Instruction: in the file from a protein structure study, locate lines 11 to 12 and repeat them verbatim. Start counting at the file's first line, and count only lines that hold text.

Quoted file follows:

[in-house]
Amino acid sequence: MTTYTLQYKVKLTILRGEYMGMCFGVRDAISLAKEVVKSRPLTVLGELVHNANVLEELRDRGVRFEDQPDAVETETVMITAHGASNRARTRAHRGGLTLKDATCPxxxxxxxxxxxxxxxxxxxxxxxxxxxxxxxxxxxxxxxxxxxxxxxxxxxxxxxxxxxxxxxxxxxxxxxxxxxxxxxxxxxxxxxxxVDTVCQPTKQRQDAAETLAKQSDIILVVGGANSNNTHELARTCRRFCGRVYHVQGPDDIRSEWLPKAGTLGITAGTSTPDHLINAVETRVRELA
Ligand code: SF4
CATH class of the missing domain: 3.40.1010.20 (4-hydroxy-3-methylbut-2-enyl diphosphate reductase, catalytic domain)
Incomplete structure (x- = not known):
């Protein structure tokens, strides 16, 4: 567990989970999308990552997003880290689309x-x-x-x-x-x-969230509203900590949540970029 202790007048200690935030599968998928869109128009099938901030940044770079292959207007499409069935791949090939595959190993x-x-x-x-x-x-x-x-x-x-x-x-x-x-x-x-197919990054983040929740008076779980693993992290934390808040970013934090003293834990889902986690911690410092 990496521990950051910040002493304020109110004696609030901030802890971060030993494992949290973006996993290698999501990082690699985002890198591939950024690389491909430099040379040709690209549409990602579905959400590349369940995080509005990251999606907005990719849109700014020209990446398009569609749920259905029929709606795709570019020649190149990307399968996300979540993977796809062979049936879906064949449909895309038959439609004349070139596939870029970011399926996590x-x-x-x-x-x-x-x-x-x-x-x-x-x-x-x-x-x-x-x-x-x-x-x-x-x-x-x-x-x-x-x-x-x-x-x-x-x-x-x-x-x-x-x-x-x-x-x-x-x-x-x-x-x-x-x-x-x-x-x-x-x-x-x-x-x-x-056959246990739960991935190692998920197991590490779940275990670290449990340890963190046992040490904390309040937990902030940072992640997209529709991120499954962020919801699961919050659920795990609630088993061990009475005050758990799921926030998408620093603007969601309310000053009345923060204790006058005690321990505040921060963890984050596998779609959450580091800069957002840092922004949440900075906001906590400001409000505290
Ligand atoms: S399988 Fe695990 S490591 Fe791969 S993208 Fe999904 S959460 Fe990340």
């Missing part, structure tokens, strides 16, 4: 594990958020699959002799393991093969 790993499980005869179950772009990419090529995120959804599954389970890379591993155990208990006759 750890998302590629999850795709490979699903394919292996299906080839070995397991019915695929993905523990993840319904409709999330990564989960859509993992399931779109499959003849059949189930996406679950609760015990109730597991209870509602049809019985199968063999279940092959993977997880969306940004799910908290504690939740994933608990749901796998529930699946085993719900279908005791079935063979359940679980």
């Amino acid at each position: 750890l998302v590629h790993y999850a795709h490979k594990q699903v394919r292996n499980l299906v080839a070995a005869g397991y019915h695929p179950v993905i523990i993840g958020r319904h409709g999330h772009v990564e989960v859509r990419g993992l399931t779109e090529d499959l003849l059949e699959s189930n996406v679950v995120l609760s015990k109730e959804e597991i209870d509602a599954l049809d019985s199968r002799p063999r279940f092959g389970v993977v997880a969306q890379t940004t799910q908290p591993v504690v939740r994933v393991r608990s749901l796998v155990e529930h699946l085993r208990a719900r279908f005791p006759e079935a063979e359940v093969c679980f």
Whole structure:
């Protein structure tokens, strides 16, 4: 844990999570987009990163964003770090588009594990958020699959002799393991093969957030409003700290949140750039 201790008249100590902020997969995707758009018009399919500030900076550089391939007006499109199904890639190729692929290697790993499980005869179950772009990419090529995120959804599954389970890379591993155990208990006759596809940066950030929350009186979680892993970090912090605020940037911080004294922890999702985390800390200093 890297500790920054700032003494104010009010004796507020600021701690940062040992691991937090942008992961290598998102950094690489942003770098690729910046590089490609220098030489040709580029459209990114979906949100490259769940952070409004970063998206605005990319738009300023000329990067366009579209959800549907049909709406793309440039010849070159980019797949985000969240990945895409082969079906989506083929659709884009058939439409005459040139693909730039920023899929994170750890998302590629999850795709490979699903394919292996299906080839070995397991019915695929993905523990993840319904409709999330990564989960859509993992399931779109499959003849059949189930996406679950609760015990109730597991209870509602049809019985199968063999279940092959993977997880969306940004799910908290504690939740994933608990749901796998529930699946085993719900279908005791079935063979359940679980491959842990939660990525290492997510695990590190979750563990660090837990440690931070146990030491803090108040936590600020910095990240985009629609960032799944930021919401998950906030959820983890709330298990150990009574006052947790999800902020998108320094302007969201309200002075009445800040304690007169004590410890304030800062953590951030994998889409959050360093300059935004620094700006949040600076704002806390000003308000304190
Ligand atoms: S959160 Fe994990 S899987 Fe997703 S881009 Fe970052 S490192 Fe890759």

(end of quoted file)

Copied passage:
């Protein structure tokens, strides 16, 4: 844990999570987009990163964003770090588009594990958020699959002799393991093969957030409003700290949140750039 201790008249100590902020997969995707758009018009399919500030900076550089391939007006499109199904890639190729692929290697790993499980005869179950772009990419090529995120959804599954389970890379591993155990208990006759596809940066950030929350009186979680892993970090912090605020940037911080004294922890999702985390800390200093 890297500790920054700032003494104010009010004796507020600021701690940062040992691991937090942008992961290598998102950094690489942003770098690729910046590089490609220098030489040709580029459209990114979906949100490259769940952070409004970063998206605005990319738009300023000329990067366009579209959800549907049909709406793309440039010849070159980019797949985000969240990945895409082969079906989506083929659709884009058939439409005459040139693909730039920023899929994170750890998302590629999850795709490979699903394919292996299906080839070995397991019915695929993905523990993840319904409709999330990564989960859509993992399931779109499959003849059949189930996406679950609760015990109730597991209870509602049809019985199968063999279940092959993977997880969306940004799910908290504690939740994933608990749901796998529930699946085993719900279908005791079935063979359940679980491959842990939660990525290492997510695990590190979750563990660090837990440690931070146990030491803090108040936590600020910095990240985009629609960032799944930021919401998950906030959820983890709330298990150990009574006052947790999800902020998108320094302007969201309200002075009445800040304690007169004590410890304030800062953590951030994998889409959050360093300059935004620094700006949040600076704002806390000003308000304190
Ligand atoms: S959160 Fe994990 S899987 Fe997703 S881009 Fe970052 S490192 Fe890759």